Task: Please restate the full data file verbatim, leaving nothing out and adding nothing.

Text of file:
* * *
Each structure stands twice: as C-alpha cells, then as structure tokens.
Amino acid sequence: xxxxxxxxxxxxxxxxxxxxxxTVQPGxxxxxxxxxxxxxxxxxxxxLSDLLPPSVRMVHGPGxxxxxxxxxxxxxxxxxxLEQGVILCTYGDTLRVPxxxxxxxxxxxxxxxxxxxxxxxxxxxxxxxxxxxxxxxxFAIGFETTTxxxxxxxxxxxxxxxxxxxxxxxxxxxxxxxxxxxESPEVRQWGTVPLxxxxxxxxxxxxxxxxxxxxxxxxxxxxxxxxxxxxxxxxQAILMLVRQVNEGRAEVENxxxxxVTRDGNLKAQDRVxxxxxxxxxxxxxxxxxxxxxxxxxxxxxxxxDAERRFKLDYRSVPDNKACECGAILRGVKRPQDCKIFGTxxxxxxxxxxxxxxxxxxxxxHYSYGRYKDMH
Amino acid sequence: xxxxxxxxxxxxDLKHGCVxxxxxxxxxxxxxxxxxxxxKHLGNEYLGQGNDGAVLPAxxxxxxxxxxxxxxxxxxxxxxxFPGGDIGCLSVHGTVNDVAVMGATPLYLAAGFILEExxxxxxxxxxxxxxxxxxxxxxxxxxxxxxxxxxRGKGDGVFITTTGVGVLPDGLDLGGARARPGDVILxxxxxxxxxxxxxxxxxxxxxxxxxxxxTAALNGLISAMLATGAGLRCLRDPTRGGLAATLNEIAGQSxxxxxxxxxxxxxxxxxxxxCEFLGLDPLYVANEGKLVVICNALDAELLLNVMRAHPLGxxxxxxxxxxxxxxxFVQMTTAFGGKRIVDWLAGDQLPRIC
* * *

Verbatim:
Each structure stands twice: as C-alpha cells, then as structure tokens.
Amino acid sequence: xxxxxxxxxxxxxxxxxxxxxxTVQPGxxxxxxxxxxxxxxxxxxxxLSDLLPPSVRMVHGPGxxxxxxxxxxxxxxxxxxLEQGVILCTYGDTLRVPxxxxxxxxxxxxxxxxxxxxxxxxxxxxxxxxxxxxxxxxFAIGFETTTxxxxxxxxxxxxxxxxxxxxxxxxxxxxxxxxxxxESPEVRQWGTVPLxxxxxxxxxxxxxxxxxxxxxxxxxxxxxxxxxxxxxxxxQAILMLVRQVNEGRAEVENxxxxxVTRDGNLKAQDRVxxxxxxxxxxxxxxxxxxxxxxxxxxxxxxxxDAERRFKLDYRSVPDNKACECGAILRGVKRPQDCKIFGTxxxxxxxxxxxxxxxxxxxxxHYSYGRYKDMH
Amino acid sequence: xxxxxxxxxxxxDLKHGCVxxxxxxxxxxxxxxxxxxxxKHLGNEYLGQGNDGAVLPAxxxxxxxxxxxxxxxxxxxxxxxFPGGDIGCLSVHGTVNDVAVMGATPLYLAAGFILEExxxxxxxxxxxxxxxxxxxxxxxxxxxxxxxxxxRGKGDGVFITTTGVGVLPDGLDLGGARARPGDVILxxxxxxxxxxxxxxxxxxxxxxxxxxxxTAALNGLISAMLATGAGLRCLRDPTRGGLAATLNEIAGQSxxxxxxxxxxxxxxxxxxxxCEFLGLDPLYVANEGKLVVICNALDAELLLNVMRAHPLGxxxxxxxxxxxxxxxFVQMTTAFGGKRIVDWLAGDQLPRIC